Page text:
Do we need to forgive?

What does forgiveness mean? I’d be interested to have your comments and start a dialogue on this one, because I realise that the more I think about it, the more I don’t understand the concept at all.

This audio poses a series of questions on the subject, based on concepts from other Survivors, what I read and my own experience.  Some of the questions I pose about forgiveness are:

  1. Does it involve a debt—a way of saying “You’ve hurt me, therefore you owe me? And until you pay I won’t forgive?”
  2. Does someone have to deserve our forgiveness. And if so, how do we really know they’ve met the standard?
  3. If we don’t forgive, are we condemning people for an eternity?
  4. Is all bad behaviour simply on a continuum?
  5. Does it mean “If I don’t forgive I have power?”  Is it a zero sum game?
  6. Do you have to let go of rage, of anger and resentment in order to forgive?
3 reasons to forgive might be …
  1. The perpetrator was abused themselves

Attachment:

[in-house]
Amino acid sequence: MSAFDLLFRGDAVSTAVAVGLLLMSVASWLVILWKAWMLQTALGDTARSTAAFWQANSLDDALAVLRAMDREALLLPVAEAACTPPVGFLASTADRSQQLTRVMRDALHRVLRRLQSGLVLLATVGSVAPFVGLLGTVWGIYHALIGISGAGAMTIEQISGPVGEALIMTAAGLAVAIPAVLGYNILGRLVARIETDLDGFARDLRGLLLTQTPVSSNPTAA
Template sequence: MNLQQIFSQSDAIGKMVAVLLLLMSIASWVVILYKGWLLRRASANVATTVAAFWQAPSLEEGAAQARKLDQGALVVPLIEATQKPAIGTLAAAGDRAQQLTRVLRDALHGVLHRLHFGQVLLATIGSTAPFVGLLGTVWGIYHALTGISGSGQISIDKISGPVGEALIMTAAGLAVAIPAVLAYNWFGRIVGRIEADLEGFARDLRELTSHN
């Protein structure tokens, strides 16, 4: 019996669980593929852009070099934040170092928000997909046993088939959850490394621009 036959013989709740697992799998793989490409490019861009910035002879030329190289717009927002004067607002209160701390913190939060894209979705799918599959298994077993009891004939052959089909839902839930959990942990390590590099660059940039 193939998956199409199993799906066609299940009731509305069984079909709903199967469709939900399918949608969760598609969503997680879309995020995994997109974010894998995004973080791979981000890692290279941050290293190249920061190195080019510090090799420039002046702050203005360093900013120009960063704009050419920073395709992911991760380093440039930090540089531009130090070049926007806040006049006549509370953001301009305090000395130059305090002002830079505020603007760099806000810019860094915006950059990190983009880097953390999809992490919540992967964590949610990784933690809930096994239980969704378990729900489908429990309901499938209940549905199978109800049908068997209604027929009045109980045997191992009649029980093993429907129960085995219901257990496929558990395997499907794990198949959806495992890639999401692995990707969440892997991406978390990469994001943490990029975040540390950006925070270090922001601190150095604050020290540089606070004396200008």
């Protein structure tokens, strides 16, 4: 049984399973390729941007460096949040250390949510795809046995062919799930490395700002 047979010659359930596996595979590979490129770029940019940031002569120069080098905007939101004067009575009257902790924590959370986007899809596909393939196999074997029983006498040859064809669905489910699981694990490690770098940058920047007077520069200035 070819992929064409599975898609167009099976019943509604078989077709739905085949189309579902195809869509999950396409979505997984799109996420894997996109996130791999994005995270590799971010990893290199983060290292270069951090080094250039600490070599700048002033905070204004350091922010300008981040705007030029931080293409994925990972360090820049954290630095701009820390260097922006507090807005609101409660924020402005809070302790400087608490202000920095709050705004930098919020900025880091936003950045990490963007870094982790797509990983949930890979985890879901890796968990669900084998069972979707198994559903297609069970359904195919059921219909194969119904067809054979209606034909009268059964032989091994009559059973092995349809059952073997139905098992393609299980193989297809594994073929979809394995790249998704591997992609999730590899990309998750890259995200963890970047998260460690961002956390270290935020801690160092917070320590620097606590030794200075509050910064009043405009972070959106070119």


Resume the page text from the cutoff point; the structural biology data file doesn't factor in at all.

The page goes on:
2. It might free us and help us to move forwards
  3. It’s an Act of Faith


3 reasons not to forgive might be …
  1. If  it’s some sort of moral duty
  2. If we forget—never forget. If my abuse makes any sense at all, then I need to remind Society of its damage
  3. If I’m seeking remorse and conditions—I somehow don’t feel I will ever really know someone’s intentions.


My alternatives to forgiveness are empathy and compassion. My abuser was just another human being who has made bad choices.

11 Comments Add yours

  1. Nan Mykel says:

    Suddenly, when I opened my computer first thing this morning, you were on my screen, Serena. And when I got to your topic of forgiveness, I was reminded of Briere (1989, 138-39) who said, “recovery from sexual abuse can take years, and pressures for ‘forgiveness’ usually serve to stifle pain and anger that should be expressed.”


  2. Laura Black says:

    Thank you for this thought provoking post. I always like listening to you, your voice is comforting to me somehow, because I can hear so much strength in you. I am not religious and I don’t personally believe there is any use in forgiveness for me.